|I'm pointing at the instructor's landscape, not my own.|
|Lisa was a star at Paint Nite!|
|The first draft of my novel|
Bath inspired my book, and it plays a key role in the development of the characters and their relationships. I may have to rewrite the story a dozen times before I’m ready to share it, and I’m not sure that anyone will want to read it when it’s finished, but it was quite a rocket ride to write. For the past two years, I’ve been collecting historical facts from various sources, like the Maine Maritime Museum, the Bath Historical Society, and the Georgetown Historical Society. I’ve also worked with the research team at Sagadahoc Preservation, Inc., who traced the history of our Federal-style home on Washington Street back to 1823. Reading the history of my own home helped me imagine Bath in the 1800’s and first quarter of the nineteenth century. I’ve also relied on two great books for maritime guidance: Live Yankees by W. H. Bunting and A Maritime History of Bath, Maine and the Kennebec River Region by William Avery Baker, a two volume set that my husband purchased at Open Door Books, Bath's quirky used bookstore on Front Street, for Valentine’s Day last year. Joe knows me well. It was truly a romantic gift, and it helped me explore the rich history of a region I have come to love. Truth inspires fiction, and sometimes fiction is more believable. Nevertheless, I changed the names of the genuine ship masters and shipbuilders who inspired my characters. The sins of the father are not the sins of the son, but they have the power to captivate us for generations. Writing about the past, certainly makes the present fly by, and I’m grateful for the cold weather that kept me inside at my desk, and encouraged me to finish a story worth telling word by word.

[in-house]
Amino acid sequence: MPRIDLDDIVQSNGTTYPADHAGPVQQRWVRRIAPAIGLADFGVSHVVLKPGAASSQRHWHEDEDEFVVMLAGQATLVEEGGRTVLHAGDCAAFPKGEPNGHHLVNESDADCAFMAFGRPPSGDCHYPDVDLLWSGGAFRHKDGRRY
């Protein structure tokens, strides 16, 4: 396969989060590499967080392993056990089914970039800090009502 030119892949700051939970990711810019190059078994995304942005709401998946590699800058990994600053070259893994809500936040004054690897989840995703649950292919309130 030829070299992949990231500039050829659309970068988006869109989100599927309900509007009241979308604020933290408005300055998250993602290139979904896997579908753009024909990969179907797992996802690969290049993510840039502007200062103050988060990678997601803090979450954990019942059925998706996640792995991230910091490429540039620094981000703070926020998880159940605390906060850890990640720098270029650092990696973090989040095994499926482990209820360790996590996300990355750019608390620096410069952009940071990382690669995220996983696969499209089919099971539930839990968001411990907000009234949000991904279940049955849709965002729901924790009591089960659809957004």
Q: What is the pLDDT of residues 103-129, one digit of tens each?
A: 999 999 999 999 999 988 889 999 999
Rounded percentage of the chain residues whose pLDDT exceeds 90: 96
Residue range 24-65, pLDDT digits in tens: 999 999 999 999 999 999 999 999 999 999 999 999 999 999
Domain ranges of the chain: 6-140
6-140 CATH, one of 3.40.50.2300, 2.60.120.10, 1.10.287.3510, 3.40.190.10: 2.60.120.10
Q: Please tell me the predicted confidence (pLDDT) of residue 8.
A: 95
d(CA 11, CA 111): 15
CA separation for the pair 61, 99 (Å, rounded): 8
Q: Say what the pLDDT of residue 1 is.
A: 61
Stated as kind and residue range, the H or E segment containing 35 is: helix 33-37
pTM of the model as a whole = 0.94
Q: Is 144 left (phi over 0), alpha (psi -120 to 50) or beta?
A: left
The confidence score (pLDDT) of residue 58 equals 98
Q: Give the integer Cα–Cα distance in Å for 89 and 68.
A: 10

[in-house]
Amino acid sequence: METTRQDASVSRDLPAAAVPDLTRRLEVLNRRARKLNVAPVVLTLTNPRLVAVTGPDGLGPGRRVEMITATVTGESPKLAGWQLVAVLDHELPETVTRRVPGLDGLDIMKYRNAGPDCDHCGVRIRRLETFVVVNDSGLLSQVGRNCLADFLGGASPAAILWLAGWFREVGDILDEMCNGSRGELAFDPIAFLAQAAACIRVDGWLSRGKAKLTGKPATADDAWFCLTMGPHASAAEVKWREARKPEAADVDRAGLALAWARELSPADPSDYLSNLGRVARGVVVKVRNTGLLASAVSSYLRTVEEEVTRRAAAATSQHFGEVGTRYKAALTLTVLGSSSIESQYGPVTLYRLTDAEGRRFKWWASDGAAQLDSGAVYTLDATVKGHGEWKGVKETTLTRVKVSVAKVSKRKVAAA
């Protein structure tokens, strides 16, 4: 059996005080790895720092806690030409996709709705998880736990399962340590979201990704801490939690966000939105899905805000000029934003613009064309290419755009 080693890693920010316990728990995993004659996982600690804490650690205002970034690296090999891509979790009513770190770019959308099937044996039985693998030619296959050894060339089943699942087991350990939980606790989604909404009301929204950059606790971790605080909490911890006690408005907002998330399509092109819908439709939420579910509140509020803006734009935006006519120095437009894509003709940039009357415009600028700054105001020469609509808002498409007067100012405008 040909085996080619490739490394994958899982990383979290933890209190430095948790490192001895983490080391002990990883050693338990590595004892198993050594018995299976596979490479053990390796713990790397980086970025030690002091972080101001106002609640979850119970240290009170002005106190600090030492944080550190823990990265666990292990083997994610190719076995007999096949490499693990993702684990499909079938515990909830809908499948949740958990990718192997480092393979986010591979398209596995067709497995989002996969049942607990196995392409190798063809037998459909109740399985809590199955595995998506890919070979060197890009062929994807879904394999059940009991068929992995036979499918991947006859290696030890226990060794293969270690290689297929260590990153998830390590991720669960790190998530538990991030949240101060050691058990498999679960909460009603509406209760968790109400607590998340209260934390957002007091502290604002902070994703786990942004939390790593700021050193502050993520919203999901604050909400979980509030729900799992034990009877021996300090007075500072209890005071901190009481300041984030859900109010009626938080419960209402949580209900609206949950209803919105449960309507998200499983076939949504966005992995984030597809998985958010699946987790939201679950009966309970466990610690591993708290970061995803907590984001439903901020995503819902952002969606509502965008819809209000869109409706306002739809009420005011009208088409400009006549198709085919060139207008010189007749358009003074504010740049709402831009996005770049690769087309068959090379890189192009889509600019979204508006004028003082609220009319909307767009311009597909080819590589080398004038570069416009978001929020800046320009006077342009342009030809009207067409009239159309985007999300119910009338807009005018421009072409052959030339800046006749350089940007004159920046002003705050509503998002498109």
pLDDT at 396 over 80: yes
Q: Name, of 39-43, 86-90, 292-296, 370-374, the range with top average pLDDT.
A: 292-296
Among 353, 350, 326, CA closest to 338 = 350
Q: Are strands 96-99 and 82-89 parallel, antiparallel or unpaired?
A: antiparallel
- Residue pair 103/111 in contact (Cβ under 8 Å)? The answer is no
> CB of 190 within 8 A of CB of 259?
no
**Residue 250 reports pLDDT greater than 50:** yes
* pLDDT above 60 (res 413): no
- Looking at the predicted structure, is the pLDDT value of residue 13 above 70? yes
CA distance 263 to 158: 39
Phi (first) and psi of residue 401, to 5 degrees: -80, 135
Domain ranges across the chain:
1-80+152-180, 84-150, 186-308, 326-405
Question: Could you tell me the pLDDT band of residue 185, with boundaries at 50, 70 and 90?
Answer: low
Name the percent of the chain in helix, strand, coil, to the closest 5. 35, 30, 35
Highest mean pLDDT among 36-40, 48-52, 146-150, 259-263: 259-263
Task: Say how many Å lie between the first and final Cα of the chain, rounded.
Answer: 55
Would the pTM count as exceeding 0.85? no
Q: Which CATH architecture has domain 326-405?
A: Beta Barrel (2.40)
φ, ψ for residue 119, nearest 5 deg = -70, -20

|Beryl's Pastries at Bath Farmers' Market|
In December, I found and purchased the best scone pan at Now Your Cooking and so far I’ve mastered two varieties, blueberry-lemon and mini-chocolate chip. Next, I’m going to try making Todd Coffin’s favorite ginger scones. If I succeed, I will have three quality scones to offer friends and family whenever they visit, and that leads me to the talking and entertaining part of my winter strategy for survival.
Perhaps you’ve already guessed that I love to talk almost as much as I love to write. Obviously, the two go together like movies and popcorn. When I’m in Bath, I find myself longing for Saturday morning because I can walk up to the Farmers’ Market and talk to the bakers, the farmers, the candle and coffee makers. In spring, summer, and fall, the market is held outdoors at Waterfront Park, and it feels like a peaceful gathering on the green, but in winter it’s held at the historic Bath Freight Shed, and it feels like an indoor festival with music and twinkle lights, and everyone lingers at the booths filled with produce, bread, donuts and muffins. For four marvelous hours, the shed comes alive and everyone is talking to someone! It’s a joyful noise, and it makes me happy in winter! Of course, Saturday is only one day in a week of seven, so one must plan to visit, and you cannot expect to visit if you don’t entertain, so I enjoy entertaining when it’s cold outside.
And there is always some occasion to celebrate: Boxer
Day, New Year’s Eve, Super Bowl Sunday, Valentine’s Day, My
Granddaughter’s Birth, The Oscars, Saint Patrick’s Day. There’s always a reason
to fill all the chairs, cover the table with food and drink, and toast to
winter and the blessings of the season: friends and family! When we gather
around the table, I love to talk about meaningful topics, like family,
politics, faith, peace and justice, and most of all, how good the sun will feel
|Celebrate winter with friends and family!|